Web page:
While ballet certainly existed, preference was given to opera during the Classical era. Until now, Beethoven's The Creatures of Prometheus and Mozart's Les Petits Riens were the only examples of free-standing ballets from that era that readily came to my mind. Now I can add a third: Fiskarena (The Fishermen) by Mozart's contemporary, Joseph Martin Kraus (1756-1792).
Kraus, like Mozart, died tragically young, yet he accomplished a lot during his brief time on earth. He became known as "the Swedish Mozart" for the time he spent at the court of King Gustavus III in Stockholm. (This is the same Gustavus whose assassination was the inspiration behind Verdi's Un ballo in maschera.) Early in Kraus's tenure, the king sent the young composer around Europe, apparently to make sure that Sweden kept au courant with the latest trends in music and theater. One of Kraus's acquaintances was Franz Joseph Haydn, who referred to Kraus as one of the two geniuses he had met. (The other was Mozart.)
Indeed, Kraus's music is very fine, although it probably isn't very fair to compare him to Mozart. Then again, if you compare Fiskarena to Les Petits Riens, Kraus doesn't seem inferior to Mozart anyway. This ballet was premièred by the Royal Ballet in Stockholm in1789, with choreography by Antoine Bournonville. (His son August, who subsequently went to Denmark, is credited with being the father of Romantic ballet.) The plot is slim: a local fisherman's daughter wants to wed the English sailor Jack, but her father wants her to marry the merchant Ambrosius. Jack plots a tryst between Ambrosius and a gypsy girl, and the merchant's subsequent discomfiture makes it possible for Jack to marry the girl. The ballet has an overture and 20 sections, most shorter than three minutes. Kraus's European travels served him well; not only does Jack dance to the famous Hornpipe, the penultimate number is a Hungarian-styled Ungherese. The music is bright as a newly-minted penny, and very pleasant, although it doesn't seem very memorable.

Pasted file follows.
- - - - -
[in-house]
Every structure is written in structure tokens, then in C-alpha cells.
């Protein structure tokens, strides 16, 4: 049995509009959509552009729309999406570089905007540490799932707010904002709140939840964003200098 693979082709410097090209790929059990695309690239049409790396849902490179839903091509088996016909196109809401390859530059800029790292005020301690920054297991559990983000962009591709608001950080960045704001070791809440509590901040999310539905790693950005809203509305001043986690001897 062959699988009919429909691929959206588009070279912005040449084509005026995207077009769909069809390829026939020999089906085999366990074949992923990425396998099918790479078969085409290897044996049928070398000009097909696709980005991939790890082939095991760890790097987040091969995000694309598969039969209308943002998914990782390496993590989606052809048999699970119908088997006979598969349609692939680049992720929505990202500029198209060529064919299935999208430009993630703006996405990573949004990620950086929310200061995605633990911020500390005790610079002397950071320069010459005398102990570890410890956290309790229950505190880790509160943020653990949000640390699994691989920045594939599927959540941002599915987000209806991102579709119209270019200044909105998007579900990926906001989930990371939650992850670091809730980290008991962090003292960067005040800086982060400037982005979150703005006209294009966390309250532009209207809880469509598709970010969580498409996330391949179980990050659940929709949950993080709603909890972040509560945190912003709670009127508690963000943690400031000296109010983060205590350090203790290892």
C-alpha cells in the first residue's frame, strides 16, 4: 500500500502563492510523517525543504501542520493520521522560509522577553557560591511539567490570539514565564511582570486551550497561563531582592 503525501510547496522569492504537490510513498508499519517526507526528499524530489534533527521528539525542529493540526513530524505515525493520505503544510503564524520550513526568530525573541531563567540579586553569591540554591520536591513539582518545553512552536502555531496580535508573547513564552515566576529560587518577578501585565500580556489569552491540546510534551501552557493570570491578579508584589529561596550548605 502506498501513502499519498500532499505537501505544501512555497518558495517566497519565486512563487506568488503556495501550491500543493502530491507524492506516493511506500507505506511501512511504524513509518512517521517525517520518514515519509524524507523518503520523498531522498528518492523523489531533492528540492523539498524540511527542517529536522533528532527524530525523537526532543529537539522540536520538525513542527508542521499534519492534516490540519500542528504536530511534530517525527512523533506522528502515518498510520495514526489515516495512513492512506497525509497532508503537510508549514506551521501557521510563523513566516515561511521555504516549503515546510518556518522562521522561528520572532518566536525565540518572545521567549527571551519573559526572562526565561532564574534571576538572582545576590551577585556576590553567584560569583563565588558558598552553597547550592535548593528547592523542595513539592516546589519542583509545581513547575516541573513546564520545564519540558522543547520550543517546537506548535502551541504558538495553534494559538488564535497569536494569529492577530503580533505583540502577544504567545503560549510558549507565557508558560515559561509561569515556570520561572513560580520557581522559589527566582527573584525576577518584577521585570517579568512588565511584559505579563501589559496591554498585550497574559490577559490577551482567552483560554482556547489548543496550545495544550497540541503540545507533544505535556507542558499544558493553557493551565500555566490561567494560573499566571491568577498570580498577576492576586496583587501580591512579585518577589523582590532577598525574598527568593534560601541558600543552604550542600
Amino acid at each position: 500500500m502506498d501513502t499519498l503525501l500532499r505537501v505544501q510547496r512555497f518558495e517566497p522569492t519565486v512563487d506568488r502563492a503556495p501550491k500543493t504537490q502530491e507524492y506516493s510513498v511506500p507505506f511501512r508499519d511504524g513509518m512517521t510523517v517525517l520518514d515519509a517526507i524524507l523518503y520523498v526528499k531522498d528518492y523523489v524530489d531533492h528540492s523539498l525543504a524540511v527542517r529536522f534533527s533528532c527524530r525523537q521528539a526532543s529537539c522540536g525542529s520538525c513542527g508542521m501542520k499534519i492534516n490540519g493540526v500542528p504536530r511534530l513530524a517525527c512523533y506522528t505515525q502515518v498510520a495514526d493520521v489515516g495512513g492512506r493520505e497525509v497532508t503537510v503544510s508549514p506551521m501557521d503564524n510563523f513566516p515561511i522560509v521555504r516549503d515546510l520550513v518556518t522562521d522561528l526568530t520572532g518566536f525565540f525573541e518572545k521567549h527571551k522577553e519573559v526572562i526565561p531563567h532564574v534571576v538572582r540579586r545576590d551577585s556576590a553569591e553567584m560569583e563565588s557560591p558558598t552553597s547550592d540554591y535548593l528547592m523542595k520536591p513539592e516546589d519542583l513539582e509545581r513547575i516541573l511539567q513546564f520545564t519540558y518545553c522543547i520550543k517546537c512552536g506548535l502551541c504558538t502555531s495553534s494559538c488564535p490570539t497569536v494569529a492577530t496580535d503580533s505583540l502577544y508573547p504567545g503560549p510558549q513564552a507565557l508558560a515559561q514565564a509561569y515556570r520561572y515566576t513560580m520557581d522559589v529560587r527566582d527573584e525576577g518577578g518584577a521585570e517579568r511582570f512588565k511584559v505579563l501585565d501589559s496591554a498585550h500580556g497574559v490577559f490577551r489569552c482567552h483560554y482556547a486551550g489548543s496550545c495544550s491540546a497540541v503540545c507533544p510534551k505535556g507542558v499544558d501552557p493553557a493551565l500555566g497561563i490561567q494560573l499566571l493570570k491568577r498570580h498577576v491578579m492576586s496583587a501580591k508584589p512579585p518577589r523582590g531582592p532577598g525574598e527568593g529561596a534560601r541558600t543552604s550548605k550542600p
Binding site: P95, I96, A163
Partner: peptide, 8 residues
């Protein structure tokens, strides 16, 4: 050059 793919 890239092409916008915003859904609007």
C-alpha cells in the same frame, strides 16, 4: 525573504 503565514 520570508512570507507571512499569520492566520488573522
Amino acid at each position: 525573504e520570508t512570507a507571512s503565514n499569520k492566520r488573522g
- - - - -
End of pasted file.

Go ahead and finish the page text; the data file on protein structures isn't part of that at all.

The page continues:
The two Pantomimes (each one less than eight minutes long) probably date from Kraus's student years. They may have been written for use during Carnival seasons. Again, they are enjoyable but not of earth-shattering impact. "Earth-shattering" might describe the second of two numbers written for interpolation into a Swedish production of Gluck's Armide in 1787, if only because it sounds like typical "storm at sea" music from that era. The other interpolated number is an arrogant minuet, marked Fieramente (proudly).
This music has been prepared for recording and publication by Bertil van Boer, who also wrote the very complete booklet notes. The publisher is Artaria Editions, who has an extensive working relationship with Naxos.
Sundkvist and the Swedish Chamber Orchestra are not strangers to Naxos, nor to Kraus' music, and the performances are stylish and full-blooded. The excellent recording was made in the SCO's home city of Örebro.
Copyright © 2008, Raymond Tuttle